The biggest hurdle that is preventing commercial space flight from becoming affordable to the general public is the cost of building a rocket. It’s ridiculously expensive to shoot something up into space, and if you can’t recover it, all of the money you spent building it goes down the drain.
One potential solution to this problem is building reusable rocket systems. Companies like SpaceX (and more recently, Amazon) have been trying to develop reusable rocket systems for years, but their previous attempts at returning their Falcon 9 reusable rocket system back on Earth have had mixed results.
Now, another company has joined the fray. European aerospace company Airbus recently unveiled its concept reusable space launch system called Adeline, which stands for Advanced Expendable Launcher with INnovative engine Economy. True to its name, Adeline uses an innovative solution to get the rocket’s first stage engines back in one piece. Unlike SpaceX’s Falcon 9, the Adeline will have wings and propellers which will enable it to follow a ballistic trajectory as it enters the Earth’s atmosphere, and then land on a runway just like an airplane does.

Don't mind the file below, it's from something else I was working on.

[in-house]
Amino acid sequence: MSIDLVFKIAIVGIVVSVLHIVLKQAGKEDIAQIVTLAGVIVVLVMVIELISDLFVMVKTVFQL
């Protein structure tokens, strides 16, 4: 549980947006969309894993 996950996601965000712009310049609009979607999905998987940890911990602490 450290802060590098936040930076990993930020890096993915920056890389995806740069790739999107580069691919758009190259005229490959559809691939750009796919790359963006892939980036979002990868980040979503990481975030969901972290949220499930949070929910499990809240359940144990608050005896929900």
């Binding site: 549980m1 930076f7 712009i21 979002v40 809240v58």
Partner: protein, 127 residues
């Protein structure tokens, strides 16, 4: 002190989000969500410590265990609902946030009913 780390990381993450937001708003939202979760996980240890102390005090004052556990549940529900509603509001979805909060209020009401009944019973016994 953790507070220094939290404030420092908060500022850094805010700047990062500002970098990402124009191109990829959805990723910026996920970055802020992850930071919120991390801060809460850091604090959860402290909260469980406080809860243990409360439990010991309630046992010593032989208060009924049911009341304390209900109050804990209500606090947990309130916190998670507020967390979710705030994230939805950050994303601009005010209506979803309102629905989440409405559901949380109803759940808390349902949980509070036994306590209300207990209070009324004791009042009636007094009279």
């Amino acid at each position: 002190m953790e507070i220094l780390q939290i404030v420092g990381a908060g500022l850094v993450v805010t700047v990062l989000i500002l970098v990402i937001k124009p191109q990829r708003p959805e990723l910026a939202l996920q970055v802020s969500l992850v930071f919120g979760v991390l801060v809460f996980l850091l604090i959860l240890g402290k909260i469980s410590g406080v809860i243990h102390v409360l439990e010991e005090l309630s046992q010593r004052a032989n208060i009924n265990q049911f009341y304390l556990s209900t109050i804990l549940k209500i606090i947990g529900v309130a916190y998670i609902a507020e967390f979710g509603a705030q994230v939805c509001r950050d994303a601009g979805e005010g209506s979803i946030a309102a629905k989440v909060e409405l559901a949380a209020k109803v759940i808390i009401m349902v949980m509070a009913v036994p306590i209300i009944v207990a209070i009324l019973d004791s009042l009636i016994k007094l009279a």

Adeline will employ a very different method of return in comparison to the SpaceX’s Falcon 9. Unlike the Falcon 9, which attempts to salvage the rocket’s entire first stage (the big fuel tank and the engine) by using reserved fuel to slow down its descent until it reaches a landing platform, Adeline will detach itself from the fuel tank completely, keeping only the engines and avionics, and continue on a ballistic path until it reenters Earth’s atmosphere. Once there, it will use a set of winglets and propellers to land horizontally on a runway. A computer animation of the concept can be viewed in the video below.
The main benefit of this method, according to Airbus, is that it consumes much less fuel than SpaceX’s method. It’s worth pointing out that most of Adeline’s value lies in its engines, not its fuel tank. If the SpaceX method can safely land the fuel tank, it might make up for the additional fuel required, but so far SpaceX hasn’t been successful in landing a Falcon 9.
Getting the first stage engine of Adeline back to Earth will help salvage around 70 to 80 percent of the total value of the launch vehicle according to Airbus. It’s still just a concept at this point, but if the concept becomes a reality, it will likely help drive down the cost commercial space flight. Adeline has been in development since 2010, and Airbus expects the system to be ready for its maiden launch by 2025.